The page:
Don’t cry for Jeff Bezos.
The CEO and president of Amazon could soon be relinquishing his “richest man in the world” title after announcing he and his wife, novelist MacKenzie Bezos, are ending their 25-year marriage. But even if he does end up losing half his money, he’ll still be the fourth richest man on the planet.
Jeff Bezos’ fortune is estimated at $137 billion, according to the Bloomberg Billionaire Index. Because Washington State — where the couple owns a home and where Amazon is headquartered — is a “community property state,” all assets acquired after the date of marriage are considered community property. That means MacKenzie Bezos could stand to get half of that fortune in a divorce settlement.
In the days following the Bezos’ announcement, the National Enquirer published a series of articles saying the couple had been separated for months and the Amazon CEO had been having an affair with news anchor and former “Good Day L.A.” co-host, Lauren Sanchez. A prenuptial agreement would supersede community-property laws. But gossip site TMZ reported Thursday that the couple did not have one.
One possibility is that both people would end with roughly $68.5 billion each.
In that scenario, Jeff Bezos’ ranking among Bloomberg’s richest billionaires would drop to No. 4, sandwiched between Bernard Arnault, the chairman and chief executive officer of luxury-goods company LVMH with $72.6 billion, and Spanish billionaire Amancio Ortega, founder and former chairman of Inditex fashion group, best known for its chain of Zara clothing, who is worth an estimated 62.2 billion.
If you’re more a Forbes-list kind of person, Bezos would actually drop to No. 6, between Ortega (which Forbes estimates at $70 billion) and Mexican billionaire Carlos Slim (deemed by Forbes to have $67.1 billion).
Meanwhile, MacKenzie Bezos would become the richest woman in the world, surpassing L’Oreal heiress Francoise Bettencourt Meyers, whose fortune is estimated at about $45.7 billion and ranks 11th on Bloomberg’s billionaire list.
But, according to Steve Mindel, a family-law attorney in Los Angeles who works with high-profile clients, there is another option which could keep Jeff Bezos at the top of the list.
“They could continue to hold their stock block in Amazon as one unit, which will probably result in them both being the wealthiest man and woman in the world,” Mindel told TheWrap. “Just because it’s community property doesn’t mean they have to split it.”
Mindel said that the couple could come up with some sort of “mechanism” that will allow them to continue to hold their shares and voting block — 16.3 percent, according to CNBC.
If the couple does decide to split their assets, MacKenzie could become the largest Amazon shareholder other than Jeff Bezos. And — here’s a little something to blow your mind — she could ostensibly become even richer than her husband, if her lawyers can negotiate an alimony deal.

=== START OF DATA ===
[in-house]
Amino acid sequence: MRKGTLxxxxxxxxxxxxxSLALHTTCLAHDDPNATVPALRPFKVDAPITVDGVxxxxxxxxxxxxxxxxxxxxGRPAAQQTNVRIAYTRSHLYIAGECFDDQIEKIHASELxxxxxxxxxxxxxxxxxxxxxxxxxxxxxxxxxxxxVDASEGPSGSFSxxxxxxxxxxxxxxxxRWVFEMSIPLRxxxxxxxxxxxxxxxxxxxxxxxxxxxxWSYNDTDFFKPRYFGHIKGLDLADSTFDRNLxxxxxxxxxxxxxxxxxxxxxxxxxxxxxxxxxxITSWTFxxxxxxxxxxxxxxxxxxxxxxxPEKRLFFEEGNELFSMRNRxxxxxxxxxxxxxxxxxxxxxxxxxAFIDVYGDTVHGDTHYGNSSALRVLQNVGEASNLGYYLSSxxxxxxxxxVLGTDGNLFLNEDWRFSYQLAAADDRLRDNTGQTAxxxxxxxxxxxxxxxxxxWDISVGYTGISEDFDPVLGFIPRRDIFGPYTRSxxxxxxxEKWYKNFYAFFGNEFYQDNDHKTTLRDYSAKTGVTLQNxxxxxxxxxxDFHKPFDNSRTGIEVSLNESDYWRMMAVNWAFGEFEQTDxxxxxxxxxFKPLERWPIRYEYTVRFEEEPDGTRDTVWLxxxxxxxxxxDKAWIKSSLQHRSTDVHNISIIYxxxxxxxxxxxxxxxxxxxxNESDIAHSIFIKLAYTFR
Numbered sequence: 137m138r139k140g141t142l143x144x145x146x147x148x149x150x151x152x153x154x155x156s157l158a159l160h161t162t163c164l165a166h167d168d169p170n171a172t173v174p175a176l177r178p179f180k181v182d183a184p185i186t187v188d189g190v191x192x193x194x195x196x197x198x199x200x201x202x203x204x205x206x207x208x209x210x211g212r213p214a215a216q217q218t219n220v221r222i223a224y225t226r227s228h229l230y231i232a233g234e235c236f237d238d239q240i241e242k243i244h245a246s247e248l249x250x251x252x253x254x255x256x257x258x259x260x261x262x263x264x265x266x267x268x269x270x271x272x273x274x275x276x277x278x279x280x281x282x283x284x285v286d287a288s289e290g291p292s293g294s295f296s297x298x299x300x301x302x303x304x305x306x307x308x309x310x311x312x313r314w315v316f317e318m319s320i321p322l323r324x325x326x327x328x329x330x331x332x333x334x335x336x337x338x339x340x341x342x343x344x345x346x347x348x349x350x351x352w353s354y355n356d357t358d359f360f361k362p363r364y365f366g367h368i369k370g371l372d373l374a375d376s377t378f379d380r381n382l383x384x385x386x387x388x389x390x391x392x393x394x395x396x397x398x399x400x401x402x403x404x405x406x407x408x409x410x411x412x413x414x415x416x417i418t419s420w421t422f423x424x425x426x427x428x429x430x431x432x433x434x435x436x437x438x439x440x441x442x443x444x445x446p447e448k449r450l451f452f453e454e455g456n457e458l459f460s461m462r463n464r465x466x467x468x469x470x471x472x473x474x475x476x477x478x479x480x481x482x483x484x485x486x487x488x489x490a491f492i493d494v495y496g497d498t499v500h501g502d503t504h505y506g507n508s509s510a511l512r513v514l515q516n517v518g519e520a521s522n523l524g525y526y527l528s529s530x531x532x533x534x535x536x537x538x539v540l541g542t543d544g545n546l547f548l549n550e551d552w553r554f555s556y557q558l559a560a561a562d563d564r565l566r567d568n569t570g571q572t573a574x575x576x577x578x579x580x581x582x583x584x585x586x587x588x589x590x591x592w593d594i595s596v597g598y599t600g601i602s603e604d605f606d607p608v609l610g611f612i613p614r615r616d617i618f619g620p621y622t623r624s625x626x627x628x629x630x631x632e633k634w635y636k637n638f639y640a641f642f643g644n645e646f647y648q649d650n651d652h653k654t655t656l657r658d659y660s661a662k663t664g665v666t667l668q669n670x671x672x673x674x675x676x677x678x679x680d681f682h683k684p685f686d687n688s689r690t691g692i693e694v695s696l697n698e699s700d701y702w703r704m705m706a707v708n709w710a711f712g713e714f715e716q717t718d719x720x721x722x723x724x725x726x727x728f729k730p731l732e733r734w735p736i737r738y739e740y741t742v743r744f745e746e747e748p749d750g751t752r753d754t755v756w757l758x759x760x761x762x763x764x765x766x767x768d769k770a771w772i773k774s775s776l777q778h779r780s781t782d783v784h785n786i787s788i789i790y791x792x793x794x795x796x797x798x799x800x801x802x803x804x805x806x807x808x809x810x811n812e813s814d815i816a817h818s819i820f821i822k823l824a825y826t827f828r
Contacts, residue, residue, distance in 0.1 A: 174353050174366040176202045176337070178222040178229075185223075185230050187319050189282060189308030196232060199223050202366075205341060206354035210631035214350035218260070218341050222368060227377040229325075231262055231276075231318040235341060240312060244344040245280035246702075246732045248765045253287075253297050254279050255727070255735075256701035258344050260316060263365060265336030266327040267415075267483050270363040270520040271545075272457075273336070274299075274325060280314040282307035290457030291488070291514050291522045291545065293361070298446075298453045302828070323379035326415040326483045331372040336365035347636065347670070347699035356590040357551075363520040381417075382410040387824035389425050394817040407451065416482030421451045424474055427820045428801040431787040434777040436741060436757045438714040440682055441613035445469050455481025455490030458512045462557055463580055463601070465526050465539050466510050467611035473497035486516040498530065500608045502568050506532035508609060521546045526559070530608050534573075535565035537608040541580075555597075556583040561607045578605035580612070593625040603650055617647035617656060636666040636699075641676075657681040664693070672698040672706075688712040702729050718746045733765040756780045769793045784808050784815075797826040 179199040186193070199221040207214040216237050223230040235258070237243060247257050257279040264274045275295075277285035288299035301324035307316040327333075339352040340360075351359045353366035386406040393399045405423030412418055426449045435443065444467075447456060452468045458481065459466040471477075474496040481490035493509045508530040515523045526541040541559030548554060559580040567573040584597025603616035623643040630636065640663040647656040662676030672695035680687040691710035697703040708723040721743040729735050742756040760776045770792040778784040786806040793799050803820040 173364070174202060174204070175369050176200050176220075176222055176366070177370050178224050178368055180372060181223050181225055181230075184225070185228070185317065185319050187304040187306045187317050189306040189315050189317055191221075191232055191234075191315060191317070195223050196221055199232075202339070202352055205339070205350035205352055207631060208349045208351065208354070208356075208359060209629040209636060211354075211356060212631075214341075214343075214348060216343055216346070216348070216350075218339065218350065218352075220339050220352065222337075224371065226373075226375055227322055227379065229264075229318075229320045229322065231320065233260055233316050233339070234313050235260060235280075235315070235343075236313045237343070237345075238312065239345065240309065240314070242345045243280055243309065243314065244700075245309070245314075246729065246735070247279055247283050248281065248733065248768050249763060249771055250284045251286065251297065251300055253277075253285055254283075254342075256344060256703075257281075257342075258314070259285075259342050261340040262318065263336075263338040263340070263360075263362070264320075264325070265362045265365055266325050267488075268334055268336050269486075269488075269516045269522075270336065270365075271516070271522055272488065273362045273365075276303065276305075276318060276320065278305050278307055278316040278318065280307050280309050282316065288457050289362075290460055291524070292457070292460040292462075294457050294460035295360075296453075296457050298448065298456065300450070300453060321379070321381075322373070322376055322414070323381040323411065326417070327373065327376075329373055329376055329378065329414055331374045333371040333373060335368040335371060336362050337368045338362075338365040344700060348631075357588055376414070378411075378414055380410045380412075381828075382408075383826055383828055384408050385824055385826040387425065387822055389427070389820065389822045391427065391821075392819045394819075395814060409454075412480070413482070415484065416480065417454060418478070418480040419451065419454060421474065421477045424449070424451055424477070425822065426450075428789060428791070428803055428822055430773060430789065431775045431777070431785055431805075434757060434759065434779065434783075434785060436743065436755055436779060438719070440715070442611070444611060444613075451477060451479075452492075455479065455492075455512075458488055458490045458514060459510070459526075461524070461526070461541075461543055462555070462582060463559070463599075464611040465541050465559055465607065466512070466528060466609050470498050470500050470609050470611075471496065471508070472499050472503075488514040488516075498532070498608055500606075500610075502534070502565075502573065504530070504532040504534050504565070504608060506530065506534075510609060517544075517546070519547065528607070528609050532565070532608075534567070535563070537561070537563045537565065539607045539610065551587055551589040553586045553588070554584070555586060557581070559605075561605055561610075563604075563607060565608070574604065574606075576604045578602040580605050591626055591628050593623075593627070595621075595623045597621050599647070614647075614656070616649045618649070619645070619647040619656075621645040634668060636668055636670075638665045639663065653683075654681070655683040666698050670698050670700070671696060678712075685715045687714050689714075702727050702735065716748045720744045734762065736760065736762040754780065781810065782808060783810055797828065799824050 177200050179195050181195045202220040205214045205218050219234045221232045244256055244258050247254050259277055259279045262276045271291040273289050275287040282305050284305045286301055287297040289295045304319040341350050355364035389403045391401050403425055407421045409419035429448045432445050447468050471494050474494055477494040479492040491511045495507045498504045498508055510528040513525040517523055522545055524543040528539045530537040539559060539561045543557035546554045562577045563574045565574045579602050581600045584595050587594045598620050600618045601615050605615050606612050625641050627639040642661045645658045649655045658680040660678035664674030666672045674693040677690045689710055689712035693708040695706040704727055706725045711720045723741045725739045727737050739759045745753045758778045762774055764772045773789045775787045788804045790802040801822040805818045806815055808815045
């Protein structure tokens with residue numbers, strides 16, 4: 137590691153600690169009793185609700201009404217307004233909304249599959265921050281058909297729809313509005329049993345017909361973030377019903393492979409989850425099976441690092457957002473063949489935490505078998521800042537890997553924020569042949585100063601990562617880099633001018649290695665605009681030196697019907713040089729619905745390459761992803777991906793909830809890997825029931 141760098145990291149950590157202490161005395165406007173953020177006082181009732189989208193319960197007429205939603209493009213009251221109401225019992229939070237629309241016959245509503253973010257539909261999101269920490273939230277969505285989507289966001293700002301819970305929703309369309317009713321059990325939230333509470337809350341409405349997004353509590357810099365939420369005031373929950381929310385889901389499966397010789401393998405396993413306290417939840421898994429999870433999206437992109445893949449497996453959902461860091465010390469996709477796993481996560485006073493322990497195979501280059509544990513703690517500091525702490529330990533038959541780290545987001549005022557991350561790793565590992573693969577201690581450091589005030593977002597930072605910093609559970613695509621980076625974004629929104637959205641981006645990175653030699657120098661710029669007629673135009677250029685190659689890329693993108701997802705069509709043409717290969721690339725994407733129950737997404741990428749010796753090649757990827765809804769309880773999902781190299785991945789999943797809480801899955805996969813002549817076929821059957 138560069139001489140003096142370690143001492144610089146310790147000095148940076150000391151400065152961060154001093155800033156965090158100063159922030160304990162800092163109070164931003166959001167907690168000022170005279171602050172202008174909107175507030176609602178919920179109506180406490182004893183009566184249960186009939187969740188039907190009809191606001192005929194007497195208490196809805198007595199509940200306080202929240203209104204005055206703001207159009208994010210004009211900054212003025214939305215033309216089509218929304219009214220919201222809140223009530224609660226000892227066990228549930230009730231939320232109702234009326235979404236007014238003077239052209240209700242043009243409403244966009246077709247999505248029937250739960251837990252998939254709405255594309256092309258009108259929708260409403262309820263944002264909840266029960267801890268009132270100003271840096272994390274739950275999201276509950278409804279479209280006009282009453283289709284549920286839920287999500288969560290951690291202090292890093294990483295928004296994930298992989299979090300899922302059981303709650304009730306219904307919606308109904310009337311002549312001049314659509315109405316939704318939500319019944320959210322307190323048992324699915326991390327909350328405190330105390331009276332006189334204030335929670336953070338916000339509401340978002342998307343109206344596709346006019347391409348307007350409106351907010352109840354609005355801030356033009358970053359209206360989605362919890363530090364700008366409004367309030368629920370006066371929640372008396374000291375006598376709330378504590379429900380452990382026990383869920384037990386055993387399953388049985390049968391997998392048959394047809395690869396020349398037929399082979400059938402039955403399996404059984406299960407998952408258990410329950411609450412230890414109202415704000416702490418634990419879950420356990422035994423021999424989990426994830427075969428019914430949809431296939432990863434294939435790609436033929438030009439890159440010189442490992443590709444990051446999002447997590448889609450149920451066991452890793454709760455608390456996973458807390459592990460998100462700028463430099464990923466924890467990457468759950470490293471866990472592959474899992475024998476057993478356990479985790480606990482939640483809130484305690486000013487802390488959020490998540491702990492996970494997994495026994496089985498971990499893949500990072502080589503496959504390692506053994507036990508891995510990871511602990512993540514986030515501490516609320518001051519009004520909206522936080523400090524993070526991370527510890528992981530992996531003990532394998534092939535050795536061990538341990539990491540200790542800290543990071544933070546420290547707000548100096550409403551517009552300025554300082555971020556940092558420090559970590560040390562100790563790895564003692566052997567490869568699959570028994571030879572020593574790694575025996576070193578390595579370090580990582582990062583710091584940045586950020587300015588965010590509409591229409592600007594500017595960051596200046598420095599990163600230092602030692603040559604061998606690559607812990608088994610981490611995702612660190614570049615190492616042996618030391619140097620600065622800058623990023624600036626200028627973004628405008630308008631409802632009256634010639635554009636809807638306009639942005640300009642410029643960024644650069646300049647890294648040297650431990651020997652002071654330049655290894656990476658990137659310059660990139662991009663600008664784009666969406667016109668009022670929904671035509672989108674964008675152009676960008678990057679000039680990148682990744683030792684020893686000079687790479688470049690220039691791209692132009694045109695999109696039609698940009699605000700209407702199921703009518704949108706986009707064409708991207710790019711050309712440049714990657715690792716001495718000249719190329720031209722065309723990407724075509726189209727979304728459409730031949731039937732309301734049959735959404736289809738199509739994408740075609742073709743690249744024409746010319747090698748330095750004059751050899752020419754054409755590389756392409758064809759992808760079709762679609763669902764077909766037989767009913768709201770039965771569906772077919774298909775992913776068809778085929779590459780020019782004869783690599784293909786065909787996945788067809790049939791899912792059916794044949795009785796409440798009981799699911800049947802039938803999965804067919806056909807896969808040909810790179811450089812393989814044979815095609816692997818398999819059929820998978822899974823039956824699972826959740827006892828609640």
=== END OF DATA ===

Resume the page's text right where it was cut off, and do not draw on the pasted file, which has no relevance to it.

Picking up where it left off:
“There is a chance she would be awarded alimony in addition to half of the community property,” Kelly Chang Rickert, a prenuptial agreement specialist based in Los Angeles, told TheWrap. “If that’s the case, then yeah, she could make more than him, at least temporarily.”
Spousal support is designed to ensure that the lesser-earning spouse is able to live in accordance with their marital lifestyle.
“Theoretically, it’s possible that one half of $140 billion would be insufficient to allow somebody to maintain their marital lifestyle,” celebrity divorce lawyer Stephanie Blum told TheWrap, “but can you even imagine how much money you’d have to spend every month to not have enough?”
Unlikely, but it could happen.
When Illinois’ richest man, billionaire hedge fund manager Ken Griffin, and his wife Anne Dias settled their divorce in 2015, she demanded $1 million a month for living expenses (terms of the settlement were not made public, so it’s unclear if she got it).
According to court filings obtained by CNN, Dias’ budget was based on living expenses that included $300,000 for a monthly private jet, $160,000 for travel expenses and $14,000 for both groceries and eating out.
Patrick Dubbert, who divorced Walmart heiress Paige Laurie, requested $400,000 a month in alimony for essentials such as $60,000 a month rent, $10,000 a month in furniture and $6,700 for a personal chef.
“The judge is probably going to say no,” Rickert said. “You have $60 billion and you can live off just the interest. But because a lot of the wealth is an Amazon stock options, it’s not real money. Given the fact that it’s traded, I do think that spousal support is a real possibility.”